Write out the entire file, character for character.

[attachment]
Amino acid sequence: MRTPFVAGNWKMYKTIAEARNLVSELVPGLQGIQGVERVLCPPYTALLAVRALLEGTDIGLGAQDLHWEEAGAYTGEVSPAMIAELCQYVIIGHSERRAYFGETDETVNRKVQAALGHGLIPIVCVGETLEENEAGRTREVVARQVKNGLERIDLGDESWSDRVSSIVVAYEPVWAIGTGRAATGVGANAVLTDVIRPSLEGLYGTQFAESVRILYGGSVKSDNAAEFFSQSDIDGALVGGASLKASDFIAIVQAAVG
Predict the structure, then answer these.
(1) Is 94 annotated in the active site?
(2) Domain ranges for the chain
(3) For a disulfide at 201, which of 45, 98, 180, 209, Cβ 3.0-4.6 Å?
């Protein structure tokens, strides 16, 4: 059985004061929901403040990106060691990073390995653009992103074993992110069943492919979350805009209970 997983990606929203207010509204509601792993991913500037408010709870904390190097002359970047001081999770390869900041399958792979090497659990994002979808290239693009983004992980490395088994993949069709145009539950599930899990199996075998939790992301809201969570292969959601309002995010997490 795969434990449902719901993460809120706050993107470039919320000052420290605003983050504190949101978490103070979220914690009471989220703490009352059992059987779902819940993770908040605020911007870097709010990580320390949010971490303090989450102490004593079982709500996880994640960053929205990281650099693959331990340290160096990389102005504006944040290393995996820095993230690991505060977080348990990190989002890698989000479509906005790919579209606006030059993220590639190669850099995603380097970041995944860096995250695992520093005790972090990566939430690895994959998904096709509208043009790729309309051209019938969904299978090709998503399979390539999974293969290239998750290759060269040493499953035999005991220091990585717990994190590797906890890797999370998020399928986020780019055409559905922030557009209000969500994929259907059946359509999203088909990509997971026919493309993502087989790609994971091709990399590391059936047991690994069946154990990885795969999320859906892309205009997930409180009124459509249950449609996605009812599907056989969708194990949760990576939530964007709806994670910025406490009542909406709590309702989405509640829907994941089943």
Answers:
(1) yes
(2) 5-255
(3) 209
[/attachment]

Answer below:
Amino acid sequence: MRTPFVAGNWKMYKTIAEARNLVSELVPGLQGIQGVERVLCPPYTALLAVRALLEGTDIGLGAQDLHWEEAGAYTGEVSPAMIAELCQYVIIGHSERRAYFGETDETVNRKVQAALGHGLIPIVCVGETLEENEAGRTREVVARQVKNGLERIDLGDESWSDRVSSIVVAYEPVWAIGTGRAATGVGANAVLTDVIRPSLEGLYGTQFAESVRILYGGSVKSDNAAEFFSQSDIDGALVGGASLKASDFIAIVQAAVG
Predict the structure, then answer these.
(1) Is 94 annotated in the active site?
(2) Domain ranges for the chain
(3) For a disulfide at 201, which of 45, 98, 180, 209, Cβ 3.0-4.6 Å?
């Protein structure tokens, strides 16, 4: 059985004061929901403040990106060691990073390995653009992103074993992110069943492919979350805009209970 997983990606929203207010509204509601792993991913500037408010709870904390190097002359970047001081999770390869900041399958792979090497659990994002979808290239693009983004992980490395088994993949069709145009539950599930899990199996075998939790992301809201969570292969959601309002995010997490 795969434990449902719901993460809120706050993107470039919320000052420290605003983050504190949101978490103070979220914690009471989220703490009352059992059987779902819940993770908040605020911007870097709010990580320390949010971490303090989450102490004593079982709500996880994640960053929205990281650099693959331990340290160096990389102005504006944040290393995996820095993230690991505060977080348990990190989002890698989000479509906005790919579209606006030059993220590639190669850099995603380097970041995944860096995250695992520093005790972090990566939430690895994959998904096709509208043009790729309309051209019938969904299978090709998503399979390539999974293969290239998750290759060269040493499953035999005991220091990585717990994190590797906890890797999370998020399928986020780019055409559905922030557009209000969500994929259907059946359509999203088909990509997971026919493309993502087989790609994971091709990399590391059936047991690994069946154990990885795969999320859906892309205009997930409180009124459509249950449609996605009812599907056989969708194990949760990576939530964007709806994670910025406490009542909406709590309702989405509640829907994941089943």
Answers:
(1) yes
(2) 5-255
(3) 209